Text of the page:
GREENVILLE, S.C.—Almost a year after Michelin North America landed Tire Centers Inc. as a retread franchisee, the tire maker announced March 31 it intends to buy the nation's largest independent commercial tire dealership outright. TCI will continue to operate under its name as a stand-alone business and affiliate of Michelin Retread Technologies Inc. Michelin will not change the company's overall operations, including its retail stores, a Michelin spokeswoman said.
The dealership's tire offerings will change, however.
Bridgestone/Firestone Inc. said April 5 it is cancelling its dealer supply agreement with TCI, effective immediately, because, ``TCI, as a company to be owned by Michelin, is no longer in a position to promote BFS products effectively in the marketplace.''
TCI had been a Bridgestone/Firestone passenger, truck and off-the-road tire dealer for 13 years. BFS' Dayton brand is similarly affected.
TCI owner and CEO James Berlin approached Michelin with the prospect of selling the business less than a year after declaring that TCI's No. 1 goal was to remain an independent dealership.
He did not return phone calls requesting comment on the deal.
``Due to the strategic importance of TCI to our retreading initiative, when TCI approached us about selling their business, we decided to acquire it,'' Jim Micali, president and CEO of Michelin North America, said in a statement.
``Michelin's replacement tire distribution strategy does not change with this acquisition. Our commitment remains in support of the independent tire dealer network.''
An authorized Michelin dealership for 12 years, TCI is North America's No. 1 independent commercial tire dealership with more than $300 million in sales of truck tires and related services, and was the fourth-largest truck tire retreader in 1998, producing an average of 2,440 retread units per day.
On April 1, 1998, TCI parted ways with long-time retread supplier Bandag Inc. to join with MRTI.
TCI posted total sales in 1997 of $470 million; the firm's $90 million in passenger car and light truck tire-related sales puts it among the 10 largest tire retailers in North America as well. The dealership will remain based in Akron.
TCI operates 163 locations in 34 states. Seventeen of those locations are retread shops, the Michelin spokeswoman said.
Terms of Michelin's TCI acquisition, which is subject to regulatory approval, weren't disclosed. An independent analysis of TCI by an outside consultant valued the company at between $100 million and $150 million.
By comparison, Bandag paid $158.5 million in 1997 for the five dealerships it acquired to create Tire Distribution Systems Inc. (TDS), a business with 113 sales outlets and 47 retread shops at that time. Subsequently, in 1998 it paid $20.5 million to buy five more dealerships, with six commercial tire locations and six retread plants.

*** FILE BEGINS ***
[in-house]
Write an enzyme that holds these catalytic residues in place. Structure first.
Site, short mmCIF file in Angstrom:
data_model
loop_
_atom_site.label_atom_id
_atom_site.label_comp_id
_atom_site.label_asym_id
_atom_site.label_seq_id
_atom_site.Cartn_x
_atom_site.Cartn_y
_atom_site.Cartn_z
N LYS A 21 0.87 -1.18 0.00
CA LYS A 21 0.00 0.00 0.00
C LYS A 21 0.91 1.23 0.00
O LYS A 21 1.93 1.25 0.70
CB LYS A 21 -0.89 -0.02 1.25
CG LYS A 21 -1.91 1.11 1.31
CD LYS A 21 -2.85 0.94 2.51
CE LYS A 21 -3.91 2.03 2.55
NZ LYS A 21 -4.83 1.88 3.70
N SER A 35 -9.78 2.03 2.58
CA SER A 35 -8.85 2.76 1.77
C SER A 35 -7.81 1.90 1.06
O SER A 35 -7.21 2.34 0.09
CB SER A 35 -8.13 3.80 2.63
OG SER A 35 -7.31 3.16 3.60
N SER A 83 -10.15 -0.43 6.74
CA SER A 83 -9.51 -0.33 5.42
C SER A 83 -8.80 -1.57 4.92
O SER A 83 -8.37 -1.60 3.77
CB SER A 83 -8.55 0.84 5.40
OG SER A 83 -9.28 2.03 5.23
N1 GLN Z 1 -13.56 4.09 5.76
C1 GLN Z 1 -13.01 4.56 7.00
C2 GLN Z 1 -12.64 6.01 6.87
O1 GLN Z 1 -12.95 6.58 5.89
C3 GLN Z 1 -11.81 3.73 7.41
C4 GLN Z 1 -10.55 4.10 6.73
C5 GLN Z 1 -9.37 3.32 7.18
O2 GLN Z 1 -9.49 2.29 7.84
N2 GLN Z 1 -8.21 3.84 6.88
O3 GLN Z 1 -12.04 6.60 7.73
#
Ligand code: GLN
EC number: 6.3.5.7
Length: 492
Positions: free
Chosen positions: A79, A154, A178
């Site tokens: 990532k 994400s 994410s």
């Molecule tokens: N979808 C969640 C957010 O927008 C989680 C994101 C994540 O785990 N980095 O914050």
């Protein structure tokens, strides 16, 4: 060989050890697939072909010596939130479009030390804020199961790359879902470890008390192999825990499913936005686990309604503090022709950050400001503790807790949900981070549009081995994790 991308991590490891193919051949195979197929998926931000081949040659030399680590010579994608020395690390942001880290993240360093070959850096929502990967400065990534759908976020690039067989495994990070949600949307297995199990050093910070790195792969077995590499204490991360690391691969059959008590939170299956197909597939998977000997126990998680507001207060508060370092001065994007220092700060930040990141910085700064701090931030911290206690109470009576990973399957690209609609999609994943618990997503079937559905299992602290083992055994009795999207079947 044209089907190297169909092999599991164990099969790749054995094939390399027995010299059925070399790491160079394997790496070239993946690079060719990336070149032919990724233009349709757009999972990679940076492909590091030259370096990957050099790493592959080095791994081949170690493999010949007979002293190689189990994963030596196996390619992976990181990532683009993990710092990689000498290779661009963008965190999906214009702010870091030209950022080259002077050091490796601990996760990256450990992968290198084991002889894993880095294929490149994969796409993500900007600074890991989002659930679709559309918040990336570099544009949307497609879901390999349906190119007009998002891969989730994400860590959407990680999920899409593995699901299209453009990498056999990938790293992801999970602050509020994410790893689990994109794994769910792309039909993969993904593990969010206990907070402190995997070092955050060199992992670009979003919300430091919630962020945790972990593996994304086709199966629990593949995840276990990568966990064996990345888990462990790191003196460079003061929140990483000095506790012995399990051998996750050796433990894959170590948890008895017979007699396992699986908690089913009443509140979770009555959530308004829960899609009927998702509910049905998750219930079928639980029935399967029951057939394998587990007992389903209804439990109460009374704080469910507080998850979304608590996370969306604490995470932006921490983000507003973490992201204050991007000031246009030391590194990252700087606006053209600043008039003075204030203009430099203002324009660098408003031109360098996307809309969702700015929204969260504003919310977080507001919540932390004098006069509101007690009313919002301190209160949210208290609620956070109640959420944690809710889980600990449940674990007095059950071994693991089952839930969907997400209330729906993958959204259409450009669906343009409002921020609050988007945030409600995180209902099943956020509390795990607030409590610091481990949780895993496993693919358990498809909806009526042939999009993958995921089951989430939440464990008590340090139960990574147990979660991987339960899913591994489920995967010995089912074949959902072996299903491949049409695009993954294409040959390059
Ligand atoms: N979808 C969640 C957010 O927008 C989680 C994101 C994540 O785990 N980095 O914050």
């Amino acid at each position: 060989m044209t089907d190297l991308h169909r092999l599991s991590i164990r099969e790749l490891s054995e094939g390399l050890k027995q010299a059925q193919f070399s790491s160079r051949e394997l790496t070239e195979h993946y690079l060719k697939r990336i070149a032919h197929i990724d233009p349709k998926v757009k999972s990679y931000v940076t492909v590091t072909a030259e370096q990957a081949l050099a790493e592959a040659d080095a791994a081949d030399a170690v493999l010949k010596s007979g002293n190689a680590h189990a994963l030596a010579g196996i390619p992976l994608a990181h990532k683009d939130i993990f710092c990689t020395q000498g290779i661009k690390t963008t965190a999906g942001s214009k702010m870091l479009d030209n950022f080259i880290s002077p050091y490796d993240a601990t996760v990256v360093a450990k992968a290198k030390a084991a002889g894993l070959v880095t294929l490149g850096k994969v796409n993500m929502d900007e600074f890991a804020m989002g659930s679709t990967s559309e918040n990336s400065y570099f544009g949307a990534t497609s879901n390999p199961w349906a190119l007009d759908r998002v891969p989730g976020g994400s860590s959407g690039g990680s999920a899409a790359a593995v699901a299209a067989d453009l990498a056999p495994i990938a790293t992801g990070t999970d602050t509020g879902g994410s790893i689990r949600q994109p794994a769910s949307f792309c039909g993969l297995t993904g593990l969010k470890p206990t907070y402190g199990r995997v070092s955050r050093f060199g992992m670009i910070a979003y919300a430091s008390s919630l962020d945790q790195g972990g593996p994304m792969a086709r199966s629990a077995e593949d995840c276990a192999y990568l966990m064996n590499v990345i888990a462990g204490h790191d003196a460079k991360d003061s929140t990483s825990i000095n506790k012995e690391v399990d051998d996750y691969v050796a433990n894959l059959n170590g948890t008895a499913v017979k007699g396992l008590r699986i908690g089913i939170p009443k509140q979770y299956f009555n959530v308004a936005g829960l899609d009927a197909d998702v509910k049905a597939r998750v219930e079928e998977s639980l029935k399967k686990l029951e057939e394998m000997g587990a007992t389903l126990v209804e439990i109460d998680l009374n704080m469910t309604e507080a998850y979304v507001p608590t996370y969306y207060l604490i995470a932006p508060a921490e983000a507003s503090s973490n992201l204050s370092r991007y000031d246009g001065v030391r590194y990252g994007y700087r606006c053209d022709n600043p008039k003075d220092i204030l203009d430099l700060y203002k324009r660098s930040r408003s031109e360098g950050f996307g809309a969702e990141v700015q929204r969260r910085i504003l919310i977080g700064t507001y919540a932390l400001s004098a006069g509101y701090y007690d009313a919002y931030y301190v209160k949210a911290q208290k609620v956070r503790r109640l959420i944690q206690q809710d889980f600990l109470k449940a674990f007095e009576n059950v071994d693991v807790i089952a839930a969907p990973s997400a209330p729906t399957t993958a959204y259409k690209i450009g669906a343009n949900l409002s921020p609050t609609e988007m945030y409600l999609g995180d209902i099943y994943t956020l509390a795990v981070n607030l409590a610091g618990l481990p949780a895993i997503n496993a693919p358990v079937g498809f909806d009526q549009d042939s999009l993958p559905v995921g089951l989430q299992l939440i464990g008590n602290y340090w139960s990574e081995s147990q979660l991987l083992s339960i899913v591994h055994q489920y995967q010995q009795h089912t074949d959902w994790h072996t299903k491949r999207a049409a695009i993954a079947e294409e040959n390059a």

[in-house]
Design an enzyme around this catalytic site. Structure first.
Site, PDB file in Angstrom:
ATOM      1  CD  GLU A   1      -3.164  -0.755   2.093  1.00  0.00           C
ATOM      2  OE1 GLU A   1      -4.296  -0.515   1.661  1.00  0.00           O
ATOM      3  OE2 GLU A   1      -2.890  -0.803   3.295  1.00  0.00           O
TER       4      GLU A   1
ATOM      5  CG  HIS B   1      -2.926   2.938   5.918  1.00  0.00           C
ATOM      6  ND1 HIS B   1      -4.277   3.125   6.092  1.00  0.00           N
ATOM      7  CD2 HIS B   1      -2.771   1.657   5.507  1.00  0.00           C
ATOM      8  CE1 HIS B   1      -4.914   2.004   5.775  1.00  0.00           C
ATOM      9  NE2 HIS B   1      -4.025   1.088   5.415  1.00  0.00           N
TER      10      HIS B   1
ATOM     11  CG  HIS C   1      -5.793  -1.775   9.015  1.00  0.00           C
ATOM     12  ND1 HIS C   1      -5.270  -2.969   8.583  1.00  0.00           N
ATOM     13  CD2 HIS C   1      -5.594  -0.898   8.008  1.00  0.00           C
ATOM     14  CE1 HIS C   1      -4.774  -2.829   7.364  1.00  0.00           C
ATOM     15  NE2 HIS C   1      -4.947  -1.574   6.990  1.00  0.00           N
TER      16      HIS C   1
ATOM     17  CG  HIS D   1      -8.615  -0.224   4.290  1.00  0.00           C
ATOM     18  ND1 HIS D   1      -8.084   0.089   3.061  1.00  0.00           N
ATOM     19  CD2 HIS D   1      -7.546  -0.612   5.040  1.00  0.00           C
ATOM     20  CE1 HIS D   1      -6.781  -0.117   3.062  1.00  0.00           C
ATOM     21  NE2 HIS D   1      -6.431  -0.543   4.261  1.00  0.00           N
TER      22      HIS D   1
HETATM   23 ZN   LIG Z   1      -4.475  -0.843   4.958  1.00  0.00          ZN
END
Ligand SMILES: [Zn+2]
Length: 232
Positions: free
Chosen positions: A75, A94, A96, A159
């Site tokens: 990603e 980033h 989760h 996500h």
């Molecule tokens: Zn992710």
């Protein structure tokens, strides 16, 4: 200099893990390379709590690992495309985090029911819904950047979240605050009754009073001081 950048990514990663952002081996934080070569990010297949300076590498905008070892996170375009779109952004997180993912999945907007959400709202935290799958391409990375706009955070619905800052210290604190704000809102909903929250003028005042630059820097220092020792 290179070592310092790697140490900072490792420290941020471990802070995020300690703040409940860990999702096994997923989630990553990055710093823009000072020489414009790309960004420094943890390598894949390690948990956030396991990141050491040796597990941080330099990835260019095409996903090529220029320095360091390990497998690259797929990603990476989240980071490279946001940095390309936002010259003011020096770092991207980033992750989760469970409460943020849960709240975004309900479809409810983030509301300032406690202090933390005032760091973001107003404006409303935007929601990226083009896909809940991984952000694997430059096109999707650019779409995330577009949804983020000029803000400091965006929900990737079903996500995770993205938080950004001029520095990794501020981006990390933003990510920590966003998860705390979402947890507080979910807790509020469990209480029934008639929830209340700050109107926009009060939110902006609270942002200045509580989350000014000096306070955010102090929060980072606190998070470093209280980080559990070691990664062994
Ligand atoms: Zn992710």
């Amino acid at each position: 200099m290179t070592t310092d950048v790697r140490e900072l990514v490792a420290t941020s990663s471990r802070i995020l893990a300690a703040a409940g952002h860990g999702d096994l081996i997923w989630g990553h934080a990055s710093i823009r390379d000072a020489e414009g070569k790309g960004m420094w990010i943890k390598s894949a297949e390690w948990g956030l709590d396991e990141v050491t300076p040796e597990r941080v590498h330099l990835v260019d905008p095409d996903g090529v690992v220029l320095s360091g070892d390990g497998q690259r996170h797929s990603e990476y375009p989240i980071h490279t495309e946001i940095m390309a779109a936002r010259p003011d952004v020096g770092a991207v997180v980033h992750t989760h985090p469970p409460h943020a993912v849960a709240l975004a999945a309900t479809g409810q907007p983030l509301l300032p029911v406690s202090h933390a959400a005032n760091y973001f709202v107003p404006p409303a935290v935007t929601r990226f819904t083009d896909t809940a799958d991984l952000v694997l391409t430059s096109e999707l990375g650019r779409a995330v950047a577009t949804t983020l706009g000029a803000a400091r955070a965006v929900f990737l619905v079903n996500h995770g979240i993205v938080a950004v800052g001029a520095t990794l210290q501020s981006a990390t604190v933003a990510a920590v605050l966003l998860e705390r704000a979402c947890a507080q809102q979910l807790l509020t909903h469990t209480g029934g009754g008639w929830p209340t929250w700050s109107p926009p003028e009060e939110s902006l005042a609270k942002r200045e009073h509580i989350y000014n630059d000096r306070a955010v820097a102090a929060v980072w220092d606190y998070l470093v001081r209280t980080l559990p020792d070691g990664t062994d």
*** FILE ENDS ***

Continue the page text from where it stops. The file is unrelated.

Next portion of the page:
The acquisition, scheduled to close in the next few months, will give Michelin a solid foothold in truck tire retreading in North America behind Goodyear, Bandag's TDS and Treadco Inc. Michelin has stated in the past it wants to be the No. 2 retread system supplier in North America, after Bandag.
More than 100 of TCI's locations are combination commercial/retail outlets. At least 12 are retail-only stores, and 11 more are listed as wholesale locations for car and light truck tires, according to TCI's Web site. The firm operates as Berlin Tire Centers in California, Minnesota, North Carolina and Utah.
Of TCI's 17 retread facilities, 10 have converted to MRTI processes in the past year, three are expected to be converted within months and the rest will be consolidated. Three TCI plants are ``hybrid'' shops, meaning they use both Michelin's Pre-Mold' precure and Custom-Mold' mold-cure processes.
Because TCI was one of the first MRTI-franchised dealers, and therefore instrumental in the program's launch, Michelin had a ``vested interest'' in TCI and decided to buy it, the spokeswoman said. The deal is a special-case scenario and doesn't signal plans by Michelin to buy other dealerships and form an entity similar to Bandag's TDS, she said.
All of TCI's management will stay in place. Mr. Berlin will serve as a consultant to the business; current TCI General Manager Scott Snyder will become president and CEO.
Counting TCI, there are now a total of 22 retread shops under contract as MRTI franchises. The tire maker entered the North American retread arena in late 1997 when it named McGriff Industries Inc. as its first franchisee.
Since then, Michelin has signed to its franchise program TCI; Consolidated Tires Inc. in Greenville, S.C.; Smetzer's Tire Centers Inc. in Wooster, Ohio; Ziegler Tire & Supply Co. in Canton, Ohio; Allied Oil and Supply in Omaha, Neb.; Jack's Tire & Oil in Salt Lake City; Stringer Tire Co. in Jacksonville, Fla.; and Brahler Truckers Supply Inc. in Jacksonville, Ill.
The TCI buyout marks the first time Michelin has owned retail stores in the U.S. since it bought Riviera Beach, Fla.-based Tire Kingdom Inc. from owner Chuck Curcio in 1988, then sold it back to him in 1992. He no longer is involved in the business.
Mr. Berlin founded TCI in 1986 out of the purchase of former B.F. Goodrich company-owned stores. The firm sells passenger, light truck, commercial truck and earthmover tires and carries Michelin, BFGoodrich, Bridgestone, Firestone, Kelly, General, Yokohama, Kumho and Sumitomo brands.
Bruce Davis, special projects reporter, contributed to this report.